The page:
As part of its commitment to the highest safety and health standards, the World Steel Association (worldsteel) recognises excellence in four of its member companies for delivering demonstrable improvements in safety and health for steel industry employees.
Andrew Purvis, Director, Safety, Health and Environment, said, “Our Board of Directors have made the clear statement that nothing is more important than the safety and health of the people who work in our industry. The purpose of the safety and health excellence recognition programme is to share the best practices developed by the leaders in safety and health management. I wish to personally congratulate and thank the leaders of the four recognised organisations for their ongoing commitment to, and achievements in safety and health management. Through your support of this process the whole industry can move forward in safety and health.”
The recognised practices of the member companies are assessed on four criteria:
The recognised member companies are:
Hadeed, Saudi Arabia – Process Safety Management implementation: Hadeed’s PSM incorporates a procedure on ‘Process safety incident reporting and investigation’. It requires the reporting, classification, investigation, analysis and recordkeeping of Process Safety Incidents to enable pro-active corrections to be made. Employees are also encouraged to register and report all process safety abnormalities in the form of ‘Observations’ or ‘Near Misses’ through an incident reporting and investigation online platform.
Liberty OneSteel, Australia – The goal zero: Every Body, Every Day safety engagement programme: In developing the programme, surveys of employees were conducted to establish baseline information, their preferred communication methods and presentation styles, as well as their interests and motivations. Data on site injury trends was also collected. Using all of this information the management team developed and delivered various engagement workshops over an eight-week period. Following the programme the site has seen an increase in minor accident reporting and near miss reporting, indicating a greater level of safety ownership amongst the workgroup.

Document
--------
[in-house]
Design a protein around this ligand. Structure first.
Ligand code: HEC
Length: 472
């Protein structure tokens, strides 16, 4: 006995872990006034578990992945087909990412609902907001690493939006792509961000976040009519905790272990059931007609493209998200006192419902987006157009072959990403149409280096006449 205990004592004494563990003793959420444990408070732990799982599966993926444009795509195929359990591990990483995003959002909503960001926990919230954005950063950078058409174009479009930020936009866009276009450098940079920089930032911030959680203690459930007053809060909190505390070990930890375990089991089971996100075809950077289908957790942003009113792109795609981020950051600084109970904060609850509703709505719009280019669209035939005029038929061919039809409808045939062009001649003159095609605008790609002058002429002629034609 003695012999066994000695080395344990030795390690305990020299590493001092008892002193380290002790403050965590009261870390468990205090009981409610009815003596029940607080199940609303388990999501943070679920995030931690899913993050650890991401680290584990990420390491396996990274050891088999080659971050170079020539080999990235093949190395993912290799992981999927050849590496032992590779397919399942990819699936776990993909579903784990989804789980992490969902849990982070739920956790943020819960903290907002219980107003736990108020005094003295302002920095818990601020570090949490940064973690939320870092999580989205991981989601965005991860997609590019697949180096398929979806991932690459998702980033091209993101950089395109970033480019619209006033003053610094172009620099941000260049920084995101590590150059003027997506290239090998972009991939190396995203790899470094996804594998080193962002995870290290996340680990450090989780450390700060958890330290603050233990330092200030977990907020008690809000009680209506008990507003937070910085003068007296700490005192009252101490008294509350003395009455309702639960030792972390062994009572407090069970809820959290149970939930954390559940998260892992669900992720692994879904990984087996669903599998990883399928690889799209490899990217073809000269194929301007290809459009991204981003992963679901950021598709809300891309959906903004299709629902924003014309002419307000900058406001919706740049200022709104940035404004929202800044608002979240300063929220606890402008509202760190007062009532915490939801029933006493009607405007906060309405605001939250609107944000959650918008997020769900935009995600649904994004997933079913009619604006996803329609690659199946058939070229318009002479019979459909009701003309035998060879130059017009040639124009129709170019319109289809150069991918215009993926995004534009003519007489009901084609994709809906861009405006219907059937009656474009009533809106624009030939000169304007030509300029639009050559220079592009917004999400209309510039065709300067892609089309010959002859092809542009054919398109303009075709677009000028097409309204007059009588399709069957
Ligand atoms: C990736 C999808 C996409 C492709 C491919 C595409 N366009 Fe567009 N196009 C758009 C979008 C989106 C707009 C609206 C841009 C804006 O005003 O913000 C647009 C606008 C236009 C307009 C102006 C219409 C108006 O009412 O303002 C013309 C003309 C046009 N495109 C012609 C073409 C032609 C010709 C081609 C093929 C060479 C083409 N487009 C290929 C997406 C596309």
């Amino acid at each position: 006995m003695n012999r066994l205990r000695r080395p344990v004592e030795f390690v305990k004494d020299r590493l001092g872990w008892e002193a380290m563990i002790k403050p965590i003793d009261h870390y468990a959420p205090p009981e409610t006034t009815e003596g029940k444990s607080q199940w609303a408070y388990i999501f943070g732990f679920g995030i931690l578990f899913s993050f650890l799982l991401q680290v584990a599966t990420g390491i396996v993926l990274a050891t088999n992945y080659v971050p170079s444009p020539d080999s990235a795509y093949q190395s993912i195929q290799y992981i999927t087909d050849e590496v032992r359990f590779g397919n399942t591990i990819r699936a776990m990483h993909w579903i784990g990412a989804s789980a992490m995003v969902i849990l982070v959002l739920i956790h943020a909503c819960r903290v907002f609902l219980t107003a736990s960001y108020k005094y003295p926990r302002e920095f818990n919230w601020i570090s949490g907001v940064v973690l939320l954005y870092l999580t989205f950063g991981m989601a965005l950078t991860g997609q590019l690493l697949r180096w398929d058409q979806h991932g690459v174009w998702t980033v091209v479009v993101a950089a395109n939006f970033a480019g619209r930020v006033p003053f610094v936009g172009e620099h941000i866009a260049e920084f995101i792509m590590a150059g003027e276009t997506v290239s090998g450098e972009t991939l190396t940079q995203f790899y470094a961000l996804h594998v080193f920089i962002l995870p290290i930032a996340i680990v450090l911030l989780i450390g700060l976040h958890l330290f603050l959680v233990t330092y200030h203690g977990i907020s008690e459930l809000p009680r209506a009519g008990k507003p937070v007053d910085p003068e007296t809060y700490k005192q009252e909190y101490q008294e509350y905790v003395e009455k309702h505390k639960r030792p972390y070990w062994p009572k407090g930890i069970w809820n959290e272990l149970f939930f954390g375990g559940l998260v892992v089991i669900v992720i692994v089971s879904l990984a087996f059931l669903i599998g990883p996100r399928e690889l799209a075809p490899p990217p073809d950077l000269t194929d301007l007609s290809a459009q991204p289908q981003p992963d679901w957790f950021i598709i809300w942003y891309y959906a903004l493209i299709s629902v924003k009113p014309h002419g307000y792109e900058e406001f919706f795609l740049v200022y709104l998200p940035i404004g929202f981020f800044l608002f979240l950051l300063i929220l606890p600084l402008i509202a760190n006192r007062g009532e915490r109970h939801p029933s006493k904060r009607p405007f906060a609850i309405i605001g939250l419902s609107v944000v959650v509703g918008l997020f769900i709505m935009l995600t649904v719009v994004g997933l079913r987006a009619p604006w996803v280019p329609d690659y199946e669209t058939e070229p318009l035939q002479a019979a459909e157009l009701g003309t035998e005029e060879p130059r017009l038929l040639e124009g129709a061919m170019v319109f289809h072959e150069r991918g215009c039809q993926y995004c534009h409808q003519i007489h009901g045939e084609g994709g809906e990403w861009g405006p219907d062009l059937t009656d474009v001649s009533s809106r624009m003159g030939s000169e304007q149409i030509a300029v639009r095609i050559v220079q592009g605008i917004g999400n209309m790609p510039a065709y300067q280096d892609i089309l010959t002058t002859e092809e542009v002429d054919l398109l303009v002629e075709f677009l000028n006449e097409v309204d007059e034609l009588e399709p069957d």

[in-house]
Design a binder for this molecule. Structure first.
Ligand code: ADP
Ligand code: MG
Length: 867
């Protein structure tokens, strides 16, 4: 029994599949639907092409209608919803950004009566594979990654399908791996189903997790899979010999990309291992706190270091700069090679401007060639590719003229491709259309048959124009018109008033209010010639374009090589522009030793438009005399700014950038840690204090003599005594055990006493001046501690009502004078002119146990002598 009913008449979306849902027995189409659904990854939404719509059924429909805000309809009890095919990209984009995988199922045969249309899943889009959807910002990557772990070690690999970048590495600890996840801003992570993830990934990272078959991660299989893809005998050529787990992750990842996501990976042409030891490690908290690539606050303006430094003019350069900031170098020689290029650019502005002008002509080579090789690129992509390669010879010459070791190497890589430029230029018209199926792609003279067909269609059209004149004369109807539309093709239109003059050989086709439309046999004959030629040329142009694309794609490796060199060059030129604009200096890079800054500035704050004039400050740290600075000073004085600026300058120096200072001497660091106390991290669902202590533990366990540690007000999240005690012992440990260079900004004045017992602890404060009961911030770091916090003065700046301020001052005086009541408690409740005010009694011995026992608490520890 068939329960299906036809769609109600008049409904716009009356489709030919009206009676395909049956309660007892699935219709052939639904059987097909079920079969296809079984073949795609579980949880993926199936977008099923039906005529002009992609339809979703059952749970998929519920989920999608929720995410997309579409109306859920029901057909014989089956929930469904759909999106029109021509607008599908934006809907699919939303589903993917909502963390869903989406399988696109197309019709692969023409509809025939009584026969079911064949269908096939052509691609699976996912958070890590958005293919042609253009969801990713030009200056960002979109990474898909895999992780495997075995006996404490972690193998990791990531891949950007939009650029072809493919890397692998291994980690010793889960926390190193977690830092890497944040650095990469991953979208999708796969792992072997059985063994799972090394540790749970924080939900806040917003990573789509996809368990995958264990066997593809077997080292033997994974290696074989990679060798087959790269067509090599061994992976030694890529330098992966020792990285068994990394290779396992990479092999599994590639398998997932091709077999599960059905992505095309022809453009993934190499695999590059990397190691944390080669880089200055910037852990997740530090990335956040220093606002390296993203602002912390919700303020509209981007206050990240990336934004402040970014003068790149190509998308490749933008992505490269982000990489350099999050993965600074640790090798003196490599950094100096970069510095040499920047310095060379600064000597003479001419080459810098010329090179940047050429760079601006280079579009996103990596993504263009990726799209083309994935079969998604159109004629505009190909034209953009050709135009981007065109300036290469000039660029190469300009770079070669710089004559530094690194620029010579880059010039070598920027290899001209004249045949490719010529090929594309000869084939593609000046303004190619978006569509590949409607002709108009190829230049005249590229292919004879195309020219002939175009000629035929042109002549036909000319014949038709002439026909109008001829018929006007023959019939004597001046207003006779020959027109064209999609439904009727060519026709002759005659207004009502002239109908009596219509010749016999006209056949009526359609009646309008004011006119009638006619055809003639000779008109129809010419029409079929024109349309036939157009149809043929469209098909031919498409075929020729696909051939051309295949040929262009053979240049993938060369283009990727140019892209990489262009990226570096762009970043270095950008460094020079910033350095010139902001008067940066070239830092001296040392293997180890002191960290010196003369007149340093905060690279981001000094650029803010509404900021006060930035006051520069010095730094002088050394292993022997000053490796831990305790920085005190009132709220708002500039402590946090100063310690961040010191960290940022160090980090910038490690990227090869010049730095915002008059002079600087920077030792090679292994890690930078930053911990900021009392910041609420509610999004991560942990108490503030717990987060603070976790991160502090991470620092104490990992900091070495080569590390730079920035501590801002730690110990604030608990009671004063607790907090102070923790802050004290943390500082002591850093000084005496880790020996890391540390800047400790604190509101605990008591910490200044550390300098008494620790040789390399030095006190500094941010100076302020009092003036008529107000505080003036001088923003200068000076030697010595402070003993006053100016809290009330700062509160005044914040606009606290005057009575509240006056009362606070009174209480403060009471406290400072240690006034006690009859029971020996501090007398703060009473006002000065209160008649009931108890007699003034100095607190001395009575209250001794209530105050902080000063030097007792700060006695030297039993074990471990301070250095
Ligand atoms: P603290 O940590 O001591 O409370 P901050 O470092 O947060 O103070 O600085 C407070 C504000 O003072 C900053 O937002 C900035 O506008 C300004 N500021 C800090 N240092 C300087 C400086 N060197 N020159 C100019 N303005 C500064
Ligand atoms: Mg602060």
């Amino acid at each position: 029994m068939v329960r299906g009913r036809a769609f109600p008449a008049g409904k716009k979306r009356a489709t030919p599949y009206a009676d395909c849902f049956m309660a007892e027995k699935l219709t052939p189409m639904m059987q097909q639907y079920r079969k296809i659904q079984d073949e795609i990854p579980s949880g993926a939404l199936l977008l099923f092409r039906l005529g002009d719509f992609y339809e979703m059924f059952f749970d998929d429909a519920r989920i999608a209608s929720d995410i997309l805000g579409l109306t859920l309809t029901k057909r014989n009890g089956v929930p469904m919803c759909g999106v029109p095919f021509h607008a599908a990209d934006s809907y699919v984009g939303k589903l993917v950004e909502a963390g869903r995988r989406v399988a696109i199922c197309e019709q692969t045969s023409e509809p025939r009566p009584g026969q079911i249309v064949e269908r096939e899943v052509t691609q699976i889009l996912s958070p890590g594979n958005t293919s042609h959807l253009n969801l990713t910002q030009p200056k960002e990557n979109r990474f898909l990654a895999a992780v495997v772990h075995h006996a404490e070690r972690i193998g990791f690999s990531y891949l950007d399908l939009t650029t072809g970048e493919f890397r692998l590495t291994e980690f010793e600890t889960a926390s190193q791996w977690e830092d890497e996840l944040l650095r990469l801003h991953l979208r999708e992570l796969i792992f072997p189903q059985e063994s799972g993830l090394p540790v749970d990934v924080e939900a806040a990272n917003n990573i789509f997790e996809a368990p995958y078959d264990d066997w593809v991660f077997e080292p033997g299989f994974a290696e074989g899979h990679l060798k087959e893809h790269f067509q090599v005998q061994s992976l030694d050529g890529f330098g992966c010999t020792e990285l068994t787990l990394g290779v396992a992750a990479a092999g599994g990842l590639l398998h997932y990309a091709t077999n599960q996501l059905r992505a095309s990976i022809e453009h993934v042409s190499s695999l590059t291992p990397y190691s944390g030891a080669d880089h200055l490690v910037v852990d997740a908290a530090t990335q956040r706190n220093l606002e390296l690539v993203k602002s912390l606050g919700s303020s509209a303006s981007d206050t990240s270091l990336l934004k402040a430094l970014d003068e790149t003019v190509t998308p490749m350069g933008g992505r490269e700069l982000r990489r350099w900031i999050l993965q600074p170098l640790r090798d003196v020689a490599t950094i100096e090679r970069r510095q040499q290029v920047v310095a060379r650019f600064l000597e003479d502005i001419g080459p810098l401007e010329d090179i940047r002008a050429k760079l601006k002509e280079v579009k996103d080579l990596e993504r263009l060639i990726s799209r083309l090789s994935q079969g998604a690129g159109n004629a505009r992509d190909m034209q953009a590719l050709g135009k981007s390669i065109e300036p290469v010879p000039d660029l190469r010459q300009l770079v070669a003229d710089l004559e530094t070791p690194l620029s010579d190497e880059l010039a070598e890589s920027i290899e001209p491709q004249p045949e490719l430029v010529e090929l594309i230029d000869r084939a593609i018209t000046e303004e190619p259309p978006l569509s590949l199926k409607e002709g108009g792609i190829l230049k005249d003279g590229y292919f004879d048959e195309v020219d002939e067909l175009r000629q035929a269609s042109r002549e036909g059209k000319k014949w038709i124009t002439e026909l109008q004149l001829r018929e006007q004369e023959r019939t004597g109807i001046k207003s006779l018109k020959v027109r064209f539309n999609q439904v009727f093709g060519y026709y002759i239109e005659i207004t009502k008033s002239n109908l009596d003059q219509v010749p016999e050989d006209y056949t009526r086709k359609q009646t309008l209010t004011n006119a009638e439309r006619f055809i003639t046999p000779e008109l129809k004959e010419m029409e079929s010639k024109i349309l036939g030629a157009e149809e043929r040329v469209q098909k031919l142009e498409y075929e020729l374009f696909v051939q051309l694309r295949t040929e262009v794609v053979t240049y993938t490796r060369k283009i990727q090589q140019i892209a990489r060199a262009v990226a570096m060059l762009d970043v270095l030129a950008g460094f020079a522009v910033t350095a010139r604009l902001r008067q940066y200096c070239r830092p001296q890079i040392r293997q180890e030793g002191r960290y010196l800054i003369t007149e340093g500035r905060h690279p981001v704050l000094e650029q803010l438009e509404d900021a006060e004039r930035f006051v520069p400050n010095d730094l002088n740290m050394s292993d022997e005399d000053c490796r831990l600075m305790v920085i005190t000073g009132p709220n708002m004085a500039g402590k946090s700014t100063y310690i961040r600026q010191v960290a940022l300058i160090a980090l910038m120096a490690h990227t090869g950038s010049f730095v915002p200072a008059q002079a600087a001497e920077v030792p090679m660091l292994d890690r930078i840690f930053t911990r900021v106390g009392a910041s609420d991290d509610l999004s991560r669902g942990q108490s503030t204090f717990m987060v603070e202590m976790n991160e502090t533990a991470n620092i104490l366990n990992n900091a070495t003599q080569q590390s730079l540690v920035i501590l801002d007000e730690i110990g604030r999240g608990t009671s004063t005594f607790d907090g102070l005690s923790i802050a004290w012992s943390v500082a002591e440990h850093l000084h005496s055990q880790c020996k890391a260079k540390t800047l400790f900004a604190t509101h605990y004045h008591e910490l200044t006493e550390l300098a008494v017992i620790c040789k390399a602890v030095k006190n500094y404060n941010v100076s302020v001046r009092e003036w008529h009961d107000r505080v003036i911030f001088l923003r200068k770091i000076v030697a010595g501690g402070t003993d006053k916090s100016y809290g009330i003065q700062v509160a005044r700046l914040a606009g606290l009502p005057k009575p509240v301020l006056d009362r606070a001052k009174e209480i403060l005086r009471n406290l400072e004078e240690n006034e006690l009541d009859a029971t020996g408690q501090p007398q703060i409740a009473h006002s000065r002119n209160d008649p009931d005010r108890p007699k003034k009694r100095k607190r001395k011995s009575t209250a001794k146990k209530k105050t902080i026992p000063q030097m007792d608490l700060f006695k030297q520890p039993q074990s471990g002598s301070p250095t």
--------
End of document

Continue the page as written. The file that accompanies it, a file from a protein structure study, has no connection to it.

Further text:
Tata Steel, Thailand – Contractor Safety Management: Despite a well-established framework for Contractor Safety Management (CSM), incident investigations and site audits frequently revealed gaps in effective implementation. While improvements are now taking place across all units of the Tata Steel Group, Tata Steel Thailand (TSTh) took a pioneering role in the programme’s deployment across India and South East Asia. After the implementation of CSM two years ago, TSTh achieved zero Lost Time Injuries (404 days) for both contractors and employees. Contractor Lost Time Injury Frequency Rate and First Aid Cases also decreased significantly.
Usiminas, Brazil – Safe Hands Project: The Safe Hands Project began in 2013 in order to mitigate the fact that hand injuries account for 41% of work accidents in Brazil, a number that was even higher at Usiminas, at 42%. The project aimed to encourage employees to identify the tasks they perform that exposed their hands to risk, and propose a new or existing tool to prevent the risk. Since the project started five years ago, it has achieved significant results. First of all, employee engagement: 1,300 projects have been presented. The frequency of accidents involving hands has been reduced by 46%, which has led to the project being introduced in other company units.
More detailed information on each of these initiatives can be found in the Safety and Health Recognition Programme 2017 publication at worldsteel.org, along with information on worldsteel’s other safety programmes.
The recognised companies were presented with a certificate at the worldsteel General Assembly in Brussels. Photos can be accessed on the worldsteel Flickr site.
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Notes to Editors: